Won Without Words
winning the marriage you desire through wisdom

Shari Popejoy

50 Days of Encouragement

December 8, 2011

Countdown #26; Like Fingernails On A Chalkboard

The tongue is a restless evil, full of deadly poison. James 3:8b

Why do we let such a little member of our body take so much control?

It is a very useful little part of our body. Who would want to do without the valuable service it performs in tasting and testing — and talking?

And yet it also spews strife and spreads slander.

Who can tame the tongue?

I could — if I were perfect!

“If anyone is never at fault in what he says, he is a perfect man, able to keep his whole body in check.” James 3:2

Oh, to be that perfect!

I blow it too often with that sharp little tongue of mine.

Here’s just a simple little recent example:

My dear husband, gives up an evening he’d planned, to take me to a party instead (he’d probably rather listen to fingernails scraping on a chalkboard!). We’re all dressed up, and I’m all perfectly groomed — but I forgot to accessorize my tongue.

And as we drove to our party, grating on my perfect little nerves, was the sound of those rumble strips the State has so considerately put along the edges of the highway in an effort to keep us between the lines. Now, as a rule follower, I stay obediently in between the lines, never coloring or swerving outside. But, my husband takes a more creative approach to driving.

What is it with men and noises? It’s like a competition to see how long he can keep a tire on the roughened rumble. And I admit, it really takes more talent to ride the roadside rumble strip than to stay neatly and boringly in between the lines.

But, I like nice and neat, and boringly quiet and sedate.

Frankly, I find the noise and uneven washerboard effect of the rumble strips a bit annoying. No — to be honest, it’s more than annoying, it’s almost painful. So, even though I’ve managed to feign composure for months — it really does flat-out annoy me when he strays to the side of the road and drives on the rumble strip for a half mile or so.

So, I thought I’d try to honestly express my feelings, and having such a mature and adult relationship, that would be enough to effect change. So I sweetly said, through clenched jaws, my voice quavering with the jarring of the rumble strips “Honey, the sound of the tires on that rumble strip is like fingernails on a chalkboard to me. Really.” *insert sweet condescending smile*

Whew. That wasn’t so bad. He really got me. He was really going to try to avoid the edges of the highway just to please me. That was so easy. What a sweetie.

But could I stop there? No. I had to go on to point out that on a recent road trip with my brother, in three hours, he’d only touched the rumble strip once. . .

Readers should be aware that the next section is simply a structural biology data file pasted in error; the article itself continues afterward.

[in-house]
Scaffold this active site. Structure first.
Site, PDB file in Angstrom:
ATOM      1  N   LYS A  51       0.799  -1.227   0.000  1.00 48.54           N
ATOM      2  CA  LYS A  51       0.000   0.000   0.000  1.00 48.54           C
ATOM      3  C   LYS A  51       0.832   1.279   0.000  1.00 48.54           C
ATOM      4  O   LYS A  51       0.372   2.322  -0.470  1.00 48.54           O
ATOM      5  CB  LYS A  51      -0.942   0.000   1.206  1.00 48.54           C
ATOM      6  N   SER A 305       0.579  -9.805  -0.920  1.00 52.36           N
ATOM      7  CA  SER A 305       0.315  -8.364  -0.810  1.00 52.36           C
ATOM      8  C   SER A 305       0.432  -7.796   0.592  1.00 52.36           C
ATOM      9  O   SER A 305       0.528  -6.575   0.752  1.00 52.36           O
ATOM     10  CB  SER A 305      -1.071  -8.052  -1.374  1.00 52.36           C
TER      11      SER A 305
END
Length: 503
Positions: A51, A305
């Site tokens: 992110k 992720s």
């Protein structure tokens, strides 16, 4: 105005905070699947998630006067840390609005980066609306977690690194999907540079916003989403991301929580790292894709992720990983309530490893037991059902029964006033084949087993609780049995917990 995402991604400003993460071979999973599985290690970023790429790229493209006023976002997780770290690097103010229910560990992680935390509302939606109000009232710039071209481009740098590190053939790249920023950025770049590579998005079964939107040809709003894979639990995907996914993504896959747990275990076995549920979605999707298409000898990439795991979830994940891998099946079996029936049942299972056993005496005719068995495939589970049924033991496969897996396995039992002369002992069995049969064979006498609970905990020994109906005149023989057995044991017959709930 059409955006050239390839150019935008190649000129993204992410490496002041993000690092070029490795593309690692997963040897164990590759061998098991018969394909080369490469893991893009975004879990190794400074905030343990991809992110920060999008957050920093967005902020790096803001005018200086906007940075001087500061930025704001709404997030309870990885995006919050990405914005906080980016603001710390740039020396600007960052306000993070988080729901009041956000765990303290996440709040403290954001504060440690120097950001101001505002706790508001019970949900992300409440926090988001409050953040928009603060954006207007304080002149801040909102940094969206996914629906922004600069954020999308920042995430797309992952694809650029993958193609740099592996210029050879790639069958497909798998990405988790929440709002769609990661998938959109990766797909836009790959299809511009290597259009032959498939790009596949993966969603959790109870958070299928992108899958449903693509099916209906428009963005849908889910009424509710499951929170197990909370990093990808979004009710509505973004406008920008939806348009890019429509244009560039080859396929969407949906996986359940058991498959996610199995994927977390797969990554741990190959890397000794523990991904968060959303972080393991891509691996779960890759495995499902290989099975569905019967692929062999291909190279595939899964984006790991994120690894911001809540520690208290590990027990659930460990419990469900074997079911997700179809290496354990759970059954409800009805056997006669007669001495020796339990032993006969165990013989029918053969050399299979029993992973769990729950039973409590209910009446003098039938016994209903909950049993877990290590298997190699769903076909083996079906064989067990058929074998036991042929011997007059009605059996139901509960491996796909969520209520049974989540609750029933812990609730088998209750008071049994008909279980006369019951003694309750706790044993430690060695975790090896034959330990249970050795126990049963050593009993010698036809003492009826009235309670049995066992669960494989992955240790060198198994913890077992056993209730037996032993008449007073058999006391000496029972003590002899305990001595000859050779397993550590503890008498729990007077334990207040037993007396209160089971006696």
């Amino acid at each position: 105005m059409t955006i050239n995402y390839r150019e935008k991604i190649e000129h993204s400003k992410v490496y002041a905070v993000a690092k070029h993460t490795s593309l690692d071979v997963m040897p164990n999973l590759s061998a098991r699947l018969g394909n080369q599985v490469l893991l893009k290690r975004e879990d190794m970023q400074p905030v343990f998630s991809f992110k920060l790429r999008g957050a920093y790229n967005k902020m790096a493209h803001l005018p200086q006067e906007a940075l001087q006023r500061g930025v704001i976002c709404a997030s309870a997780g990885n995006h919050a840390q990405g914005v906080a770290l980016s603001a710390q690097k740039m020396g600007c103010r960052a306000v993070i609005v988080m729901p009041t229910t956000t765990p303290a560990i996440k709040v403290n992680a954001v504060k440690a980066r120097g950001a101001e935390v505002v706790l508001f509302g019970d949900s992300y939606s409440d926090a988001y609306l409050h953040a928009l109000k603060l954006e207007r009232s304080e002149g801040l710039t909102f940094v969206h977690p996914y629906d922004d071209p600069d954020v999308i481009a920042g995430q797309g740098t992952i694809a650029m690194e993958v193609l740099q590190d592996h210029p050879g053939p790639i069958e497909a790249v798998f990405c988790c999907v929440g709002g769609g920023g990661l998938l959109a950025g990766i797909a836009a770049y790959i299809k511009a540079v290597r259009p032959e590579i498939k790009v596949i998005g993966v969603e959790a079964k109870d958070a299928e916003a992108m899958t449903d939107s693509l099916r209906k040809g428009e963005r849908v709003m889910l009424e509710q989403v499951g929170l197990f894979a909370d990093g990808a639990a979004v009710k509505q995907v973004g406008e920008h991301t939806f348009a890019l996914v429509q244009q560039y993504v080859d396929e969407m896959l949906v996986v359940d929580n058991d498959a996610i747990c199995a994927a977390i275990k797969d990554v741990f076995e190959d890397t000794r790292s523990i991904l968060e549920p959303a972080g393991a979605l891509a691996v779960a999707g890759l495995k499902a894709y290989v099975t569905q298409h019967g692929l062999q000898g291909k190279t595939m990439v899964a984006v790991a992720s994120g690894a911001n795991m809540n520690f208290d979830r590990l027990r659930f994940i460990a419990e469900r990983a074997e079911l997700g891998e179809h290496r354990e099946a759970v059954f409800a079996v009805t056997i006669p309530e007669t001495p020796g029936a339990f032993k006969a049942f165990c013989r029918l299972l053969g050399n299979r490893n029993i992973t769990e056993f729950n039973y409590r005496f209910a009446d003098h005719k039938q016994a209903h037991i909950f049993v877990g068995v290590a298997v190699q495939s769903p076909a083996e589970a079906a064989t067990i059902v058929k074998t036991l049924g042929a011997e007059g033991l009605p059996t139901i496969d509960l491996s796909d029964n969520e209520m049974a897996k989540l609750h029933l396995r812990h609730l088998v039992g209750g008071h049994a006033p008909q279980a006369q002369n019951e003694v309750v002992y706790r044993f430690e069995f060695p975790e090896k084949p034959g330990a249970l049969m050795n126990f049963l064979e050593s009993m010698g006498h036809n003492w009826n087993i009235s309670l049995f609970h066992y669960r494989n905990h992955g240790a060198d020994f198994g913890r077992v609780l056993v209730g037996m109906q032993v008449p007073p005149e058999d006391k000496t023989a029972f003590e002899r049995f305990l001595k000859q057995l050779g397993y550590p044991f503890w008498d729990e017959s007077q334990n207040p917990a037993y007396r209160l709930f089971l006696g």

Ouch. Fail. Was that really necessary? What did I really hope to accomplish? He’d already gotten the message. (And what message did he hear?  — not only is he a bad driver, but he’s the sadistic, maniacal man who causes discomfort and annoyance to his wife, — and is a worse driver than her brother!). Did I really have to scrape my fingernails across the chalkboard?

Silence. How noisy is the silence of squelched sweetness? I’d rewarded his sweet attempt to please me with harsh screeching rumbling criticism. Oh, and truth be told, the reason he was veering to the side of the road was because he was leaned toward me, holding my hand, gazing adoringly at me!

Would it not have been better to endure miles of rumble strips than to criticize my husband, to use my tongue to strike him with sarcasm?

Wow. A critical tongue. What a harsh and dissonant sound it makes. It’s worse than fingernails on a chalkboard.


p.s. Fortunately, I didn’t ride that rumble strip very long, and got neatly back in between the lines of love and mutual respect very quickly — and had a LOVELY evening!

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About the Author

Shari Popejoy
Shari Popejoy is the author of the book Won Without Words, and the blog Won Without Words, encouragement to wives. She writes the Livingstone Library, an adventure series for young people, and the blog Oh Joy!, (injoyinc.com/oh/) for busy moms. She is a frequent contributor to Christian print and online magazines, and writes from the quiet country of the Ozarks, where she lives with her husband, Marc, and their three children. You can find out all about her at sharipopejoy.com!


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